Well over a century later, he’s still a household name, known and discussed far beyond literary circles and social historians. Characters he invented to entertain and educate a very different society – Oliver Twist, Fagin, Scrooge, Tiny Tim – are still instantly recognizable to countless millions of people, English-speaking and otherwise. Like Shakespeare, he appeals not just to the British and the countries they founded, but to the entire world.

And in some ways, like Shakespeare, he may be better understood outside his homeland than within it. Victorian Britain was a very different place. The London of Dickens’ day was a much crueller, poorer and dirtier city. Men had much more power over women, adults over children, employers over their workers. And disease had much more power too. It struck more frequently and carried off many more people before their time.

Those kind of social and medical conditions still exist in many parts of the world. In the West, we experience Dickens as a voice from the past. In India or Brazil or Nigeria, he can seem like a commentator on the present. Readers from those countries will be much more familiar with one of Dickens’ most frequent themes: early death. Oliver Twist was an orphan whose mother died as she gave birth to him. In A Christmas Carol, the cold-hearted miser Scrooge is given a glimpse of a possible future in which Tiny Tim, the crippled son of his over-worked and under-paid employee Bob Cratchit, never makes it to manhood.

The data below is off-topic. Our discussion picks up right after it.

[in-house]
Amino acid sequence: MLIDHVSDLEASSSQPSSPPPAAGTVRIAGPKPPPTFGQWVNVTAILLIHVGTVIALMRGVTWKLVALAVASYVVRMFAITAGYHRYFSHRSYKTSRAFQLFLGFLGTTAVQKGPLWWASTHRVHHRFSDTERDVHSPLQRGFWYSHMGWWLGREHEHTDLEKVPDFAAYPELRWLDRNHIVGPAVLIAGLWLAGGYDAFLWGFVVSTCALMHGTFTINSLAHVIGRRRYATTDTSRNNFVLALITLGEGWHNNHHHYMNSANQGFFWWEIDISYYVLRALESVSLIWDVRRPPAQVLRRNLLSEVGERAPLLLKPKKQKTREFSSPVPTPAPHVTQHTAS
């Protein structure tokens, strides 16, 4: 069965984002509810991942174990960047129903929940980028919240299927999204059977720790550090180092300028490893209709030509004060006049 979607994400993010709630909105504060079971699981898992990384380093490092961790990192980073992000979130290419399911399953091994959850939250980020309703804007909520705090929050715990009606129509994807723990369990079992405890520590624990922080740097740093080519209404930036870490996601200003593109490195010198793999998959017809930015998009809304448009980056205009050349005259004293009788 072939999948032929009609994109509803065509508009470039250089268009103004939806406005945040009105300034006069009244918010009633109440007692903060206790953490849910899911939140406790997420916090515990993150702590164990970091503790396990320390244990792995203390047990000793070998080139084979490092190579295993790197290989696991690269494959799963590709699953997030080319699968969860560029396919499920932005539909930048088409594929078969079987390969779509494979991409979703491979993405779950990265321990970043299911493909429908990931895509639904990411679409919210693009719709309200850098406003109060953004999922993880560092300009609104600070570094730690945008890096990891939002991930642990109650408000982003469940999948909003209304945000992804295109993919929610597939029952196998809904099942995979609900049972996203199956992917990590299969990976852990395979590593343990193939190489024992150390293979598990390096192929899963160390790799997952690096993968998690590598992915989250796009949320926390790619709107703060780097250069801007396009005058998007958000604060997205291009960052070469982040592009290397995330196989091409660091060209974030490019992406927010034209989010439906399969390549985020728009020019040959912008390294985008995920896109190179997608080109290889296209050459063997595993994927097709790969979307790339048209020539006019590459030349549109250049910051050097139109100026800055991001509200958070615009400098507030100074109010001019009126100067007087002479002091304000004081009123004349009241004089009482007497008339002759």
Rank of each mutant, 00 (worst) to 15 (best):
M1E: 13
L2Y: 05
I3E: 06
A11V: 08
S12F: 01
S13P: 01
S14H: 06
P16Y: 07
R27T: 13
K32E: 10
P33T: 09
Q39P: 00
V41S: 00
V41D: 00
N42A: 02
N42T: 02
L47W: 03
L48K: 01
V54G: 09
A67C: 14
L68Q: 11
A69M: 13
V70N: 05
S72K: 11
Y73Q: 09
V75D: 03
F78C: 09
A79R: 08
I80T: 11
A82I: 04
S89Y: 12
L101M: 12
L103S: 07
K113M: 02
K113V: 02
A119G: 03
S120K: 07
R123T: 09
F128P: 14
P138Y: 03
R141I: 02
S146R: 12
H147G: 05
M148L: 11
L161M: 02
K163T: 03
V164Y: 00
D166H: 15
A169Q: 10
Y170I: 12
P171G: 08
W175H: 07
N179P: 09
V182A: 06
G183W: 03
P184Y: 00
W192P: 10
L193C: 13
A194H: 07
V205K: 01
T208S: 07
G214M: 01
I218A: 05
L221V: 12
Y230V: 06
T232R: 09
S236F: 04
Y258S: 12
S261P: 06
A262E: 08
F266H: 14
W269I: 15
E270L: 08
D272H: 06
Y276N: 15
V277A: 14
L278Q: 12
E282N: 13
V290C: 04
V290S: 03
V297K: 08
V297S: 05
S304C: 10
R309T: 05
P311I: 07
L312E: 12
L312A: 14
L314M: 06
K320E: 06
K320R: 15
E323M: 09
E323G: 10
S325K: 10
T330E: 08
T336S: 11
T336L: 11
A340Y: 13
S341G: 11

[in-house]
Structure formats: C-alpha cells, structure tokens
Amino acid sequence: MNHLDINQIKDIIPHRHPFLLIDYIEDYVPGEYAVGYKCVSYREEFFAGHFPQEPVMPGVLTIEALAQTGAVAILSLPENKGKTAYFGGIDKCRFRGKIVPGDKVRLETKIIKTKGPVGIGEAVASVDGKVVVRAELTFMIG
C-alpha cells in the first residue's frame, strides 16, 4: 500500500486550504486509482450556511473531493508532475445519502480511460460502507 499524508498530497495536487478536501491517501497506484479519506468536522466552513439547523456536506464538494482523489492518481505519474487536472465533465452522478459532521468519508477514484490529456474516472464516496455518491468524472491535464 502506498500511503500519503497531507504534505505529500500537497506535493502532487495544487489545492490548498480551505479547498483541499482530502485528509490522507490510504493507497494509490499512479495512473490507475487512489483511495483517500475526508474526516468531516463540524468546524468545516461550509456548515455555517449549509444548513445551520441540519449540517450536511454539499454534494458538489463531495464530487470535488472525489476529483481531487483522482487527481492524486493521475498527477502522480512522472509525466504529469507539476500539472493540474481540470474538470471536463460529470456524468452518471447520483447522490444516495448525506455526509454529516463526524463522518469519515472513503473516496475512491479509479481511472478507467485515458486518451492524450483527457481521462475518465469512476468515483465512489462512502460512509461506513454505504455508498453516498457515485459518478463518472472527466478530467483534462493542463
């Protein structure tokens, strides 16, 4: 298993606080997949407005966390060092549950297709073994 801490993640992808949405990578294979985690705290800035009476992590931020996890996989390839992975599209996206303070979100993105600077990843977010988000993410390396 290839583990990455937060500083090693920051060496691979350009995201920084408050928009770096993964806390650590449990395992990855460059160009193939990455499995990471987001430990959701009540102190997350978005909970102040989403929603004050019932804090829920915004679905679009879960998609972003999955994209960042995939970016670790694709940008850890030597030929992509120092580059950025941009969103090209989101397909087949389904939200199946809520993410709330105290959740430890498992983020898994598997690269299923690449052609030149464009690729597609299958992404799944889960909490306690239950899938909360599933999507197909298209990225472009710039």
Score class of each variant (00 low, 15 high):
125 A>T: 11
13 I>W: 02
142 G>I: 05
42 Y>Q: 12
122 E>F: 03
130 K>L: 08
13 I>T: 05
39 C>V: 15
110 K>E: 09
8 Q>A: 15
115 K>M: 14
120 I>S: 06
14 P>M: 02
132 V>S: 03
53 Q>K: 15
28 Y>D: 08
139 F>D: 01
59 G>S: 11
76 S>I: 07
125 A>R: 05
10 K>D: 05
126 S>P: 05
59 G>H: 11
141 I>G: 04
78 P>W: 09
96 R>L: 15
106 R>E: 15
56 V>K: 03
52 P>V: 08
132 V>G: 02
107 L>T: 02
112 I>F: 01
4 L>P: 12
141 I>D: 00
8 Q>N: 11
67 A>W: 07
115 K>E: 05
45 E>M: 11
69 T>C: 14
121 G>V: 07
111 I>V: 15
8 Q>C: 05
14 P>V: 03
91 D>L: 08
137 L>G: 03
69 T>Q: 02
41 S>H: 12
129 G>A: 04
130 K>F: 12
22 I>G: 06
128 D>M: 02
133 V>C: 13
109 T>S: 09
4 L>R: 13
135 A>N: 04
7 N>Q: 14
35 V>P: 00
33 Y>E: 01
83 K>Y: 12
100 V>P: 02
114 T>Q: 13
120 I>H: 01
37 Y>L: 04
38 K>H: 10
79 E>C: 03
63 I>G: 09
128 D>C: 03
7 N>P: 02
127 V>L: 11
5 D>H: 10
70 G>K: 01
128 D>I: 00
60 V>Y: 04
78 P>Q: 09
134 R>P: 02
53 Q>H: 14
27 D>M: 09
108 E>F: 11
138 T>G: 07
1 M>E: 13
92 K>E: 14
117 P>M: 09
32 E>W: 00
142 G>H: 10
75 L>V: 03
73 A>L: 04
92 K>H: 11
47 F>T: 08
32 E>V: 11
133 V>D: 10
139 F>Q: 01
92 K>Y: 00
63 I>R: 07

The vision softens Scrooge’s heart and he does everything he can to prevent it coming true. It doesn’t: Scrooge stops loving money and starts loving people instead. That was the message Dickens wanted to give the world, because his familiarity with early death and casual cruelty did not make him indifferent to them. He wrote not simply to entertain, but also to enlighten and expand the minds of his readers. He wanted them to have sympathy with the sufferings of the poor and oppressed.